A different prayer at Shiloh

Hannah’s heart broke. “Oh Lord, heal us. Oh, Lord purge your inheritance”, she groaned. Her mother’s heart wept for the one who had given birth to such, as she observed another of Eli’s sons openly flirting by the tabernacle curtains with brazen women of uncovered heads. As she mourned, her desire for a son of their own suddenly morphed into passionate pleas for one son that she could dedicate to love the Lord, the house of the Lord and the people of God. “For how could the nations of the earth be blessed by a people who have forgotten their God? How would the nations hear?! How would the people know?!” Suppressed sobs wracked Hannah as she writhed internally. Despite the intensity, she dared not pray aloud in the close confines of the women’s quarter. Suddenly, she felt a hand on her shoulder.

“Are you not well, daughter.”

Through a veil of tears Hannah looked up into the face of Eli, the priest.

“It is well, my lord,” she whispered hoarsely.

Drawing back, he scolded, “Well then, how long will you give yourself to drunkenness! Get rid of your wine!”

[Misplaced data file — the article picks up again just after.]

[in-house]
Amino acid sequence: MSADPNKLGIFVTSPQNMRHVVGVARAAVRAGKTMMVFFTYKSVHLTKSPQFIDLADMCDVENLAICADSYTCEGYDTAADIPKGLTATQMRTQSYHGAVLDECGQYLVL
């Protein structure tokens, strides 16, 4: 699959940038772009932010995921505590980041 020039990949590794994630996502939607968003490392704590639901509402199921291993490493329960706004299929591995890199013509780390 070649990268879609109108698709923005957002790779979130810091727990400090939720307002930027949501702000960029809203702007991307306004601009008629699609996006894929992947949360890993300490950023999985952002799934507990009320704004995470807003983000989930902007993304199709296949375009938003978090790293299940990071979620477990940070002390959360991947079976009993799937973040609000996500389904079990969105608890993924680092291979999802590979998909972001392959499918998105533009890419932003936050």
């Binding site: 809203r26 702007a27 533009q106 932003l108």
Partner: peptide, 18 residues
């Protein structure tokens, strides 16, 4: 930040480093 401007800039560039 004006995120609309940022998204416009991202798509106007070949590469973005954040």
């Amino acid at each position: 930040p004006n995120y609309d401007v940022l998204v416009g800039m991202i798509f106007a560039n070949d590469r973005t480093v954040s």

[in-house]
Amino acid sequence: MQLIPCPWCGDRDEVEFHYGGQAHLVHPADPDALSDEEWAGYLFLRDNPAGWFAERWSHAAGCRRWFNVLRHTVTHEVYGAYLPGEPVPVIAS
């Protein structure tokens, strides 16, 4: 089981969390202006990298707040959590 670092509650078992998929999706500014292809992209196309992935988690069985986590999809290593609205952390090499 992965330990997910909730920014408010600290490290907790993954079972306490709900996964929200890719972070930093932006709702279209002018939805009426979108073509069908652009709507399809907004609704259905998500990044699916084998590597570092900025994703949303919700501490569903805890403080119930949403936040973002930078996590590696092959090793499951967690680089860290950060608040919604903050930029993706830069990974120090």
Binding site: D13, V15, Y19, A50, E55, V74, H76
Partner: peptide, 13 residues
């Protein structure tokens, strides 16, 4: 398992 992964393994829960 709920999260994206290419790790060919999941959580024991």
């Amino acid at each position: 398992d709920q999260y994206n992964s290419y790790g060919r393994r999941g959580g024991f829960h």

Realizing the miscommunication, Hannah straightened up, “No my Lord, I am a woman with a broken heart. I haven’t had any wine or beer; I’ve been pouring out my heart before the Lord.

Don’t think of me as a wicked woman; I’ve been praying from the depth of my anguish and resentment.”

With a pause and a grunt Eli replied, “Go in peace then, and…may the Lord God of Israel grant the petition you’ve requested from Him.”

Bowing she replied, “May your servant find favour with you…” He was gone before she finished. But Hannah felt a lightness settle over her. The burden had lifted. Her request had been received on high. The next morning, she and Elkanah rose early to bow in worship before the Lord before returning home to Ramah.